Pseudomyxoma Peritonei

Pseudomyxoma peritonei (PMP) is a rare type of mucinous cancer. It spreads by secreting mucin, a component of mucus, inside your abdominal cavity. Most people don’t have symptoms until their bellies are filled with mucin, which has given this condition the nickname, “jelly belly.” It’s treated with cytoreductive surgery.


What is pseudomyxoma peritonei (PMP)?

Pseudomyxoma peritonei (SOO-doh-mix-OH-muh PAYR-ih-TOH-nee-EYE) is a rare type of cancer that affects your peritoneal cavity (your abdomen and pelvis). The name literally means “false mucinous tumor of the peritoneum.” It’s called a false tumor because this cancer doesn’t actually grow into solid tumors. Instead, it spreads by continuously producing mucin, a jelly-like substance that is one of the components of mucus. The mucin gradually accumulates in your peritoneal cavity, which is what has given this condition the nickname, “jelly belly.”

The cancer begins as a polyp, usually on the inside lining of your appendix. Some research suggests it could also begin in other organs, but this would be very rare. The cancer cells secrete mucin until the appendix swells and bursts, allowing the mucin to spread throughout your peritoneal cavity.

PMP doesn’t spread through your blood or lymphatic system like other cancers, but it can spread to the surface of many of your abdominopelvic organs. This makes it difficult to treat. To cure PMP, you usually have to remove all of the affected tissue, including organs.

How common is this condition?

Pseudomyxoma peritonei is very rare. It affects around 2 people per 1 million each year.


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Symptoms and Causes

What causes PMP?

Like many cancers, pseudomyxoma peritonei develops for unknown reasons. It doesn’t appear to be affected by genes or environmental factors.

What are the signs and symptoms of pseudomyxoma peritonei?

In the early stages, you likely won’t notice any symptoms. This is why PMP often isn’t discovered until it has had time to advance.

PMP advances slowly over many years. If you have symptoms at all, it is likely to be from the accumulation of mucin in your belly. The mucin spreads through the inside lining of the peritoneal cavity, called the peritoneum. This leads to ascites, an increase in the fluid that lubricates the peritoneum. Mucinous ascites causes swelling and eventually begins to compress your organs. This can cause problems in your digestion and reproductive systems.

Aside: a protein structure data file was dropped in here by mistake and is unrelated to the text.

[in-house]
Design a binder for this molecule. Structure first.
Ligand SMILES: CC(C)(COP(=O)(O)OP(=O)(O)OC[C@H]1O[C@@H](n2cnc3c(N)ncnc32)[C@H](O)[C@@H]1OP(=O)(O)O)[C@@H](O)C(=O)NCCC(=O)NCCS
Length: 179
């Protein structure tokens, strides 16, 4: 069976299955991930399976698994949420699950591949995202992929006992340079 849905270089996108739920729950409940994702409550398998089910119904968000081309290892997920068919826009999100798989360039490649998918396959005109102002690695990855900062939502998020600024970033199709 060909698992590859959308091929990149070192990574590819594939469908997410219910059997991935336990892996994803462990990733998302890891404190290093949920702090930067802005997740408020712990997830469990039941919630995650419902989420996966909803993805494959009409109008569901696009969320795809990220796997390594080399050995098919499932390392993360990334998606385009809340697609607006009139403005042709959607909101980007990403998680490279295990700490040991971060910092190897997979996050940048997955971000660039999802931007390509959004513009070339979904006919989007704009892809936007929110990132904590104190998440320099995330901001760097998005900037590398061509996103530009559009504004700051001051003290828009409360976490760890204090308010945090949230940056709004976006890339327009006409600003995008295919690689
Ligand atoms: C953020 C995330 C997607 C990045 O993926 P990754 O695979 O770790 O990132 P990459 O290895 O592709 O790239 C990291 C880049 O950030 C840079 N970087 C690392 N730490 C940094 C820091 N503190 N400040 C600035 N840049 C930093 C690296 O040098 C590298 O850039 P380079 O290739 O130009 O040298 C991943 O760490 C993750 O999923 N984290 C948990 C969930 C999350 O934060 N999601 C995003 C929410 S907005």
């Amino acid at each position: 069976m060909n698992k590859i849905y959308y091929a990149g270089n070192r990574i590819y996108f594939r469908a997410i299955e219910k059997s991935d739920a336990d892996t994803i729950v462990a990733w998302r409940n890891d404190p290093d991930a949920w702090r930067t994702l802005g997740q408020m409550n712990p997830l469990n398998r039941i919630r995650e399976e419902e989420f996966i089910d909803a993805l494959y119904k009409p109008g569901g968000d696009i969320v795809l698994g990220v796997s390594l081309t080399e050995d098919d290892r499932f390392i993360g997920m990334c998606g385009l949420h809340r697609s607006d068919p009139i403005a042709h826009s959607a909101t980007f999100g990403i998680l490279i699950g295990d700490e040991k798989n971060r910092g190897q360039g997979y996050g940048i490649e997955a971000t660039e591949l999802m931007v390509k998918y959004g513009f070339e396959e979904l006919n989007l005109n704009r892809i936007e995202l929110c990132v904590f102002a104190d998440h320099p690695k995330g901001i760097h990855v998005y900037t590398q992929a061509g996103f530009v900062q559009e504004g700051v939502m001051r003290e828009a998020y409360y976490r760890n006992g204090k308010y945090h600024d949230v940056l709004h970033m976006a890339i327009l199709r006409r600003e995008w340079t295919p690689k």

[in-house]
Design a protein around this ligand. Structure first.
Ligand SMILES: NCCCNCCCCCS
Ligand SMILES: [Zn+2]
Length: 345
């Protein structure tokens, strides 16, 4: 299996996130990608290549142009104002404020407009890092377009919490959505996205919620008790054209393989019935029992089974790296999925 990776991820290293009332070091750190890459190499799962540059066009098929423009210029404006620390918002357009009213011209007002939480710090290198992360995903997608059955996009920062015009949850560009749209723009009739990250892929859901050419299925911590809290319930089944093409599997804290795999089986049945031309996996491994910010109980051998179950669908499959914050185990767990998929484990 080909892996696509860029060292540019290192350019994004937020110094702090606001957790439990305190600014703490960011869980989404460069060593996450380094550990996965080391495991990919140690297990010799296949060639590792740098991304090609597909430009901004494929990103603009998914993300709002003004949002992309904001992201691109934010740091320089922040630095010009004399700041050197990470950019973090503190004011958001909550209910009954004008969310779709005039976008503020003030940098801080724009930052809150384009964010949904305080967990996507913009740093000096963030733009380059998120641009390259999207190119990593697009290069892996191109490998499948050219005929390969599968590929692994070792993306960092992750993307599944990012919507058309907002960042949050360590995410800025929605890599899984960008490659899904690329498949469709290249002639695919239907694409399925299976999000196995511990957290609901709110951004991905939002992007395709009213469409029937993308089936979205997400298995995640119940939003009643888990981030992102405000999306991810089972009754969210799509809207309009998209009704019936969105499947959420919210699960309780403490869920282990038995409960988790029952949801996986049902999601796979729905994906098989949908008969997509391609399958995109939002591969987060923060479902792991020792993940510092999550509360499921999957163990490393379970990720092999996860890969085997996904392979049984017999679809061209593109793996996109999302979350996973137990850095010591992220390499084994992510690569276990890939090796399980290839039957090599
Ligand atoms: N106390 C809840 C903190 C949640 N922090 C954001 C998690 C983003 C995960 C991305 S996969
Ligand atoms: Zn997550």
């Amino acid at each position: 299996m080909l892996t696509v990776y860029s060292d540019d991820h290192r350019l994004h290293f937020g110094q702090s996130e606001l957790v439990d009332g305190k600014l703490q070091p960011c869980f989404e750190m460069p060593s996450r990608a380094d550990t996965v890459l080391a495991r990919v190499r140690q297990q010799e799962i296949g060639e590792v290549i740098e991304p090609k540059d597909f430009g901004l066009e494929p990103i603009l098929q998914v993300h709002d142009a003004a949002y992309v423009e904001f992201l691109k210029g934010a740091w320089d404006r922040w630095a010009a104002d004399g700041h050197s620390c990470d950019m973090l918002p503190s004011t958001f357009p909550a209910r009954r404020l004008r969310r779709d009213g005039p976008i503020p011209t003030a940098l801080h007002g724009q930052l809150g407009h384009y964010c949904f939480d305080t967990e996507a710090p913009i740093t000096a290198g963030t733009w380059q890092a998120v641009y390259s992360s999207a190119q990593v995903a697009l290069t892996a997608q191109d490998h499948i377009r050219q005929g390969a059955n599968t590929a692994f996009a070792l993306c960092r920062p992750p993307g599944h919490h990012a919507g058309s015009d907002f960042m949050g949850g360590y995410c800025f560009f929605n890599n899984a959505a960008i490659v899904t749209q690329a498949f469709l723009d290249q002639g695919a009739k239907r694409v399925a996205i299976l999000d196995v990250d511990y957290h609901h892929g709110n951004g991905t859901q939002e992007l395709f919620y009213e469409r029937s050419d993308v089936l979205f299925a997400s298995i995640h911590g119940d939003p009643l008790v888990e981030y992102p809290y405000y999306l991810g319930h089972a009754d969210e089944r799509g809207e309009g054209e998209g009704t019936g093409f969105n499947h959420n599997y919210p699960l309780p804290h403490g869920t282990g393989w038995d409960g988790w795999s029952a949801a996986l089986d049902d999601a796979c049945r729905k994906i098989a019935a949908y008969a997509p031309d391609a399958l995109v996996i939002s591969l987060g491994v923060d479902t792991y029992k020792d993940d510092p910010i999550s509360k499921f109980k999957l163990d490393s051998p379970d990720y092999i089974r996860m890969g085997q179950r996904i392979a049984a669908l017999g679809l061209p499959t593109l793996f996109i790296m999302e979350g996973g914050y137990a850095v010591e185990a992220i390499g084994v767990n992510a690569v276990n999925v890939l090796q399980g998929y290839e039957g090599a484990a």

You may notice symptoms such as:


Diagnosis and Tests

How is pseudomyxoma peritonei diagnosed?

Because symptoms tend to be mild, vague and late-occurring, PMP can be tricky to diagnose. In the best cases, it’s discovered by accident during a routine checkup or while looking for something else. This can give you and your healthcare provider a head start in watching it and treating it. However, most people come to their healthcare providers with abdominal symptoms. When this happens, your healthcare provider will begin by physically examining you and follow up with imaging tests (radiology). This may mean an ultrasound, CT scan or MRI.

Imaging may show ascites, enlarged organs, or “jelly belly” — characteristic mucin deposits in your abdomen. But if imaging isn’t enough to diagnose PMP, your healthcare provider may turn to cytology — analyzing a sample of fluid or tissue from your abdomen. They may use a needle to draw fluid from your peritoneum or take a tissue sample to examine (needle biopsy). They may examine the inside of your abdomen through a laparoscopy, a procedure that places a tiny camera through a tiny incision. They can also take tissue samples through the incision.

PMP may be mistaken at first for other, more common conditions, including:

Management and Treatment

How is pseudomyxoma peritonei treated?

Treatment will depend on your condition. The best chance of curing PMP is to remove all of the affected tissue and follow with chemotherapy in your abdomen (intraperitoneal). However, this requires extensive surgery and a strong immune system, and it may not be safe for everyone. If your healthcare provider can’t remove all of the cancer, they will try to remove as much as possible and manage the symptoms and side effects of the condition. This will mean regular testing and possibly repeat treatments as the cancer reappears or grows.

The treatment options include:

  • The Sugarbaker technique: cytoreductive surgery (CRS) with hyperthermic intraperitoneal chemotherapy (HIPEC).
  • Debulking surgery.
  • Nonsurgical treatment.

The Sugarbaker technique

This is the gold standard treatment for pseudomyxoma peritonei, and it can be curative. But it's very intensive and comes with its own set of risks. The treatment is nicknamed the “Sugarbaker” after Dr. Paul Sugarbaker, who first developed it. It involves extensive open abdominal surgery to remove the affected tissues. This is called “cytoreduction”, which means “reducing the number of cells” (cancer cells). At the end of the surgery, an infusion of heated chemotherapy helps to kill any stray cancer cells that may have been left behind.

Surgery may include:

  • Peritonectomy. Removal of the peritoneum, the lining of your abdominal and pelvic cavities.
  • Omentectomy. Removal of the adipose tissue (fat layer) that covers the front of your abdomen.
  • Bowel resection. Removal of the small or large intestine. Sometimes this will also require an ostomy, which may be permanent or temporary.
  • Splenectomy. Removal of your spleen. Your spleen is part of your immune system. After removing it, you’ll have to take antibiotics for the rest of your life to help prevent infections.